Why Traditional Math Education is Failing our Students: A Call for Transformation

Recently, while helping my daughter review for her fourth grade math test I found the majority of the work was purely procedural, and only one question, right at the end, asked her to really think.  I am reminded of a common refrain I hear from parents at my kids’ school; “Why don’t they teach math the way I learned it?” The irony is that despite some shifts away from the traditional “drill and kill” methodology, a significant portion of today’s math education still resembles the past. This begs the question:  Why are we so reluctant to let go of outdated teaching methods when they no longer meet our present or future needs?  


The Reality in Classrooms 

In too many classrooms today, procedural fluency and answer getting is still prized as the goal. As the viral math blog youcubed.org puts it, “We are woefully under-preparing our students to successfully navigate the 21st century. The mathematics we teach is rooted in the 1950s space race and offers little practical utility in the 21st century.”  

Students will often ask, “why do we have to learn this?” This question reflects a real concern:  if students are merely required to memorize mathematical procedures, they are very likely missing out on the deeper understanding of concepts. The jobs of today demand much more than the ability to perform rote calculations; they require creative problem solving skills that our current educational strategies fail to develop. 

This discrepancy in our educational methods is more than a theoretical concern—it's reflected starkly in our national performance metrics. In the United States, only 36 percent of 4th-grade students performed at ‘proficient’ or above in math on the 2022 National Association for Educational Progress (NAEP) Assessment. It marked the largest decline in NAEP scores since 1990, and scores were dismally lower for students of color or economically disadvantaged status. 

Creative Problem Solving 

It is no longer sufficient or useful for today's students to be simply masters of mechanical mathematics. The world has changed. We need creative thinkers. We have tools and technology that can perform all the mechanical tasks we need. Our math education system has to change in order to produce the problem solvers of tomorrow—unafraid to use their creativity to tackle unknown, incomprehensibly boggling problems, like harnessing the sun's power, resolving warming atmospheres, or reversing economic pitfalls.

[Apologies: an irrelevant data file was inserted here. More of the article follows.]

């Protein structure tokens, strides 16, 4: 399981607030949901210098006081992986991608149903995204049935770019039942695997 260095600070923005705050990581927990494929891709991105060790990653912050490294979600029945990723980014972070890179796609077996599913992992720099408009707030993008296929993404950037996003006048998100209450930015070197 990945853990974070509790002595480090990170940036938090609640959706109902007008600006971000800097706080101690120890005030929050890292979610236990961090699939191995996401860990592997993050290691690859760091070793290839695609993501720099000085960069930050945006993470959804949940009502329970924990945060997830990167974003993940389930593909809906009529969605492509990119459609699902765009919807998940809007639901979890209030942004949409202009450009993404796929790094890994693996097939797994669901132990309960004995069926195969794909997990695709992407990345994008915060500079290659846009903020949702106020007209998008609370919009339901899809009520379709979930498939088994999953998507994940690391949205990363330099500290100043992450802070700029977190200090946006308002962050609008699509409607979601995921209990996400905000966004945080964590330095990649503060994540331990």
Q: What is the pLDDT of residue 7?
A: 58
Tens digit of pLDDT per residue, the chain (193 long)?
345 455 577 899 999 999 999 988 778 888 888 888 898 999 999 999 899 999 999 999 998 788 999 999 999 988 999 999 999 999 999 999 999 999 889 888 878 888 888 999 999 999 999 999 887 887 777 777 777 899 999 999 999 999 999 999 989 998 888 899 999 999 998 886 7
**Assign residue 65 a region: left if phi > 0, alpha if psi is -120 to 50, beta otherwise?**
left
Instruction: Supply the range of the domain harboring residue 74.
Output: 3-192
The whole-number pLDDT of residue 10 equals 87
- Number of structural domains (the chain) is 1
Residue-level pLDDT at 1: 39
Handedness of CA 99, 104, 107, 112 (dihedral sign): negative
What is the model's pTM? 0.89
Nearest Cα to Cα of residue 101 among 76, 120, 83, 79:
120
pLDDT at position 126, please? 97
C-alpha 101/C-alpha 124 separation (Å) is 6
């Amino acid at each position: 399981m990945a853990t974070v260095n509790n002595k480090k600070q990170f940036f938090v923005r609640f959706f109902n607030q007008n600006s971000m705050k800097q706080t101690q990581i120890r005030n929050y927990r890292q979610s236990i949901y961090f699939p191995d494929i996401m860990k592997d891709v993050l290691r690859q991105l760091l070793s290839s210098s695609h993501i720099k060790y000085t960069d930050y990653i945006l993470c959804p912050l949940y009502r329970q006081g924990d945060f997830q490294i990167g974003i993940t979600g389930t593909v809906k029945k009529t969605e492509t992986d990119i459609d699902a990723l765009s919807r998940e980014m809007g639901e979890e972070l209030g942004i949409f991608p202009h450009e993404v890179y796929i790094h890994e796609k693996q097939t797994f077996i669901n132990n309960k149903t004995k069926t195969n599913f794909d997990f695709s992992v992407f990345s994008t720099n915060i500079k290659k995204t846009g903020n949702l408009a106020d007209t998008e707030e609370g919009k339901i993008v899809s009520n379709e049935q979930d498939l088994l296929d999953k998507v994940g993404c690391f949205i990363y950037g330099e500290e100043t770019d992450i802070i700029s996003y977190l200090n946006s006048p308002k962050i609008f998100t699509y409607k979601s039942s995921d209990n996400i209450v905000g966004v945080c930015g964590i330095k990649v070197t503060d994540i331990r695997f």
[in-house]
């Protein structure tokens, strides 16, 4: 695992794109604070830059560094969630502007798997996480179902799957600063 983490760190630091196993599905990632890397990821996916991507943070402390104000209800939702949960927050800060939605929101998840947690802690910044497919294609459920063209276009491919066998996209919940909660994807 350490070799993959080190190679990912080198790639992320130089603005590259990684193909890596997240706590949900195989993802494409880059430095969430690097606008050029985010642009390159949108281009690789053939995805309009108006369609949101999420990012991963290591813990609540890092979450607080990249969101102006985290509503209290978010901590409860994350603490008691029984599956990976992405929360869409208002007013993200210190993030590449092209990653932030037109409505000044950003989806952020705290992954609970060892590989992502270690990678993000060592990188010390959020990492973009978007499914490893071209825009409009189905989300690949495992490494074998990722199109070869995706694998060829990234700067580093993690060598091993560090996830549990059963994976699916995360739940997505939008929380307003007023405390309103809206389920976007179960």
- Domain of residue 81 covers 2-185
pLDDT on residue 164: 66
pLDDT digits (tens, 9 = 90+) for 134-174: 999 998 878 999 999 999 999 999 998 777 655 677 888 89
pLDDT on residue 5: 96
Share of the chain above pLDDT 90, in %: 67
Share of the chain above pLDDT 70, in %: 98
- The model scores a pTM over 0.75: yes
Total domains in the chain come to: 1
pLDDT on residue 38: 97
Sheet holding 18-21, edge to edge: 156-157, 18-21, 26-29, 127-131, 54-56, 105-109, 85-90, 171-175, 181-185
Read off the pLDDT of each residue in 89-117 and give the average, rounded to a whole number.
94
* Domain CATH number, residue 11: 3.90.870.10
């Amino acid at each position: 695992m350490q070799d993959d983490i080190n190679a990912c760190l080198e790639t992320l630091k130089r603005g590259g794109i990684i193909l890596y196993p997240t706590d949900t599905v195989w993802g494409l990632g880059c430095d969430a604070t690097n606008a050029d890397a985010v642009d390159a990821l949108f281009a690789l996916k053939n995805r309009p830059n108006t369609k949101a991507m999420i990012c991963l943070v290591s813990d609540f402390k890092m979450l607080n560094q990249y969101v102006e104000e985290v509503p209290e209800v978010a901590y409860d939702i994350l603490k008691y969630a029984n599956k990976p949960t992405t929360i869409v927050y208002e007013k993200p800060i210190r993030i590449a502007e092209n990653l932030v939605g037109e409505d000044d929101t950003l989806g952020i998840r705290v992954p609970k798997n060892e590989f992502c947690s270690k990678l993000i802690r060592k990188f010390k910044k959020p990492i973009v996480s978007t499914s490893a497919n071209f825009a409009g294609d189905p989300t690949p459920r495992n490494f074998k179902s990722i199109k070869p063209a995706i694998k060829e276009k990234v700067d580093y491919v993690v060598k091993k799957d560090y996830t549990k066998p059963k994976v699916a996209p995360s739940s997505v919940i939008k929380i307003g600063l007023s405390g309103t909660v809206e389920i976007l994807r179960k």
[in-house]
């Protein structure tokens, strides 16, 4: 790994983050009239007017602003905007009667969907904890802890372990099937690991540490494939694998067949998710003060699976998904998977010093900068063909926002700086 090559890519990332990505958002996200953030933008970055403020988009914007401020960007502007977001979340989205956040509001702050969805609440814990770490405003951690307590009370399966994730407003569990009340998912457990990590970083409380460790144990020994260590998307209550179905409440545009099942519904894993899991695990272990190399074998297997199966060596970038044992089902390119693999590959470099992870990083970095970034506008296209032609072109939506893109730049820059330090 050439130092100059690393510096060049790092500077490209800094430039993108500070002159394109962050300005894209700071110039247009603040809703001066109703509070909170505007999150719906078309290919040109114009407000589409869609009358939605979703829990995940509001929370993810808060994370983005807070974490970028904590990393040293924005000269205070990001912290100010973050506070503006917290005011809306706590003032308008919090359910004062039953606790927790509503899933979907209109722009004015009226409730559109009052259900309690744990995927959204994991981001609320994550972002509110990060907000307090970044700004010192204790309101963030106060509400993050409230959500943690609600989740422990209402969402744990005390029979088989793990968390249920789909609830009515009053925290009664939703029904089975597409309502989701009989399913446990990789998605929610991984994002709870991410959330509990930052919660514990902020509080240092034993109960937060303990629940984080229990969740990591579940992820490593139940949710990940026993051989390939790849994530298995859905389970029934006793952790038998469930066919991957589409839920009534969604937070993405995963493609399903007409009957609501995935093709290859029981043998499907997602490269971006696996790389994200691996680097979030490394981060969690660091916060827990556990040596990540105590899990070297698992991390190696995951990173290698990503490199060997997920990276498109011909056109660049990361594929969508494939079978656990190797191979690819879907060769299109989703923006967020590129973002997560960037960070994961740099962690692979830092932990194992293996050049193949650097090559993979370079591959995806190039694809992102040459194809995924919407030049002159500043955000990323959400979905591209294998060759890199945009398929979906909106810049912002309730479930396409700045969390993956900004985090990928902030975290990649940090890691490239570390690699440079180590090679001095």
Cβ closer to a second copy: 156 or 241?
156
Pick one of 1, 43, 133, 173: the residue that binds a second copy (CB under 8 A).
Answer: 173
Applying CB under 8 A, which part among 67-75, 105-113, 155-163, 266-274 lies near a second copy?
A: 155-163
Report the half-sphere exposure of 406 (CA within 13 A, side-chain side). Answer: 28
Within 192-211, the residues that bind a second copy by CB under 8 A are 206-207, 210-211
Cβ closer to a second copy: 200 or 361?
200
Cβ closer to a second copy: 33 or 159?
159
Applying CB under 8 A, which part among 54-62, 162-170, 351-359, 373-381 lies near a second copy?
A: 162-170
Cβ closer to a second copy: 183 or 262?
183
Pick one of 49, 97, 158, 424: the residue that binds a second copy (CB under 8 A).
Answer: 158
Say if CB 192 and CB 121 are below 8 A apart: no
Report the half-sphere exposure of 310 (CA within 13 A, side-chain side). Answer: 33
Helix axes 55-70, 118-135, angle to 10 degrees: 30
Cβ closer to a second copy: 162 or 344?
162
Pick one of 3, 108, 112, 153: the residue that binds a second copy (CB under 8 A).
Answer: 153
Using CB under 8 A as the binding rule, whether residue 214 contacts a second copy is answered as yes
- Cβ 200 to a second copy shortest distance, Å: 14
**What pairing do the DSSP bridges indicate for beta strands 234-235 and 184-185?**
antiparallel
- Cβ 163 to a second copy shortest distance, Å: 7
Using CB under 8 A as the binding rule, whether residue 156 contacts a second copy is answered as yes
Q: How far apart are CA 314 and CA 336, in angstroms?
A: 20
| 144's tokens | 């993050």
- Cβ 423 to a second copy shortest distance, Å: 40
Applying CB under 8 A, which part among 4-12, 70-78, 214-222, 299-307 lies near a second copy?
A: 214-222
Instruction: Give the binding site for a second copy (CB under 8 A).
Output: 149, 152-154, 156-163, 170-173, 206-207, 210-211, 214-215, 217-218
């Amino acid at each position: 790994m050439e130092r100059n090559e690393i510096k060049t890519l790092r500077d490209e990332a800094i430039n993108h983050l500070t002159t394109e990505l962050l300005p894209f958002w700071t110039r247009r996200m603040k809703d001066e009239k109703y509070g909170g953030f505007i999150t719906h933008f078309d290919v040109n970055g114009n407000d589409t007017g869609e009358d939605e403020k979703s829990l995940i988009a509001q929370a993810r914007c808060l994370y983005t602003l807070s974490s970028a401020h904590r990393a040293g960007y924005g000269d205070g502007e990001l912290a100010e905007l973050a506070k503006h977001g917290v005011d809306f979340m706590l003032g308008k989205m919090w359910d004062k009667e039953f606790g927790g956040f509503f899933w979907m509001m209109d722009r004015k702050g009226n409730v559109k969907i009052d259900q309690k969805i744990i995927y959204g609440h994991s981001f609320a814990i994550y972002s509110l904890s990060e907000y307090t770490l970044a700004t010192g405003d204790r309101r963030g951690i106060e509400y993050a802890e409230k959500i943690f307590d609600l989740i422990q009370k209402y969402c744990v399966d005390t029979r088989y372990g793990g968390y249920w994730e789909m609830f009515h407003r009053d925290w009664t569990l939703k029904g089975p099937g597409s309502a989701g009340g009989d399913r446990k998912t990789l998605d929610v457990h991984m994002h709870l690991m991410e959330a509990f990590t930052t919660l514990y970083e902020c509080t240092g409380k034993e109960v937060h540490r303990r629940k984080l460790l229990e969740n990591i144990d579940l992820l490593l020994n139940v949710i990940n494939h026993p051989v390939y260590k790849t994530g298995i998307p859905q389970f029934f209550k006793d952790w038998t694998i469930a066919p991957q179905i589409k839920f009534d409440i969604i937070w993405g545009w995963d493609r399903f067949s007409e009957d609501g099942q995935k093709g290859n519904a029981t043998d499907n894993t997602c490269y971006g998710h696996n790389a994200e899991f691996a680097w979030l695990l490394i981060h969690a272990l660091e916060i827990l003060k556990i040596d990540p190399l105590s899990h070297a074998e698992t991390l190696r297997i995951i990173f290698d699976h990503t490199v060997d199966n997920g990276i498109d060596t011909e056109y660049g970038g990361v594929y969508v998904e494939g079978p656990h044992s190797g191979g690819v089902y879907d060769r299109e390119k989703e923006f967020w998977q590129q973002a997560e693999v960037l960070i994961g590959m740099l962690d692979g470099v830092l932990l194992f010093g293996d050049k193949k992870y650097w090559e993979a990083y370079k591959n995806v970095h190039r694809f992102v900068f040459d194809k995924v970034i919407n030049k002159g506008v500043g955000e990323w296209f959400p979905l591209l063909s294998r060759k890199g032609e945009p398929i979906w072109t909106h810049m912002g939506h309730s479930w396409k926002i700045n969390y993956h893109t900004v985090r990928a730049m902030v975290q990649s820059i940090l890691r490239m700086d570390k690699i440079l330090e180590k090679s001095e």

If we want to tackle our most pressing problems and foster tomorrow’s inventors, students need more practice in creative reasoning than memorization-based learning. They need to know how to apply mathematical concepts to new ideas.

Jo Boaler, Stanford professor and honored mathematician, is one of a growing body of voices for “a wholly different pedagogy where speed is out, depth is in.” It’s an approach where “sense-making matters more than memorization and retaining ‘math facts’ matters less than understanding how such facts interconnect.” Students build their own “sense of context, connection, and numeracy.” Calculations become building blocks of a “broader strategy for breaking down other problems.” 

Modern research finds students can only make this leap through a deep understanding of the material. When that happens, students can “creatively and flexibly apply their thinking to both familiar and new” ideas (Baroody et al., 2004),  invent algorithms (Hiebert, 2003), and translate them to everyday situations (Baroody et al., 2007). 

In other words, if we want to tackle our most pressing problems and foster tomorrow’s inventors, students need more practice in creative reasoning than memorization-based learning. They need to know how to apply mathematical concepts to new ideas. In a world that increasingly rewards innovation over imitation, we must work tirelessly to ensure our students are not just robotically memorizing and spitting out math calculations, but mastering the art of creative thinking with it. By building an educational environment that emphasizes understanding and application over rote memorization, we initiate the transformation our schools need, and can prepare them to think outside the box—and perhaps even build a better box.

Follow along in our series as we explore the pivotal role of creative reasoning in transforming math education. 

Nigel Nisbet

About the Author

Nigel Nisbet, Vice President of Content Creation at MIND Education, is a distinguished mathematics educator and interactive curriculum designer who believes in empowering all students to learn math conceptually. With a passion for creating engaging and visually interactive games, Nigel is dedicated to helping students understand the beauty and structure of mathematics. His work emphasizes that learning is an active process for students, not something that simply happens to them.


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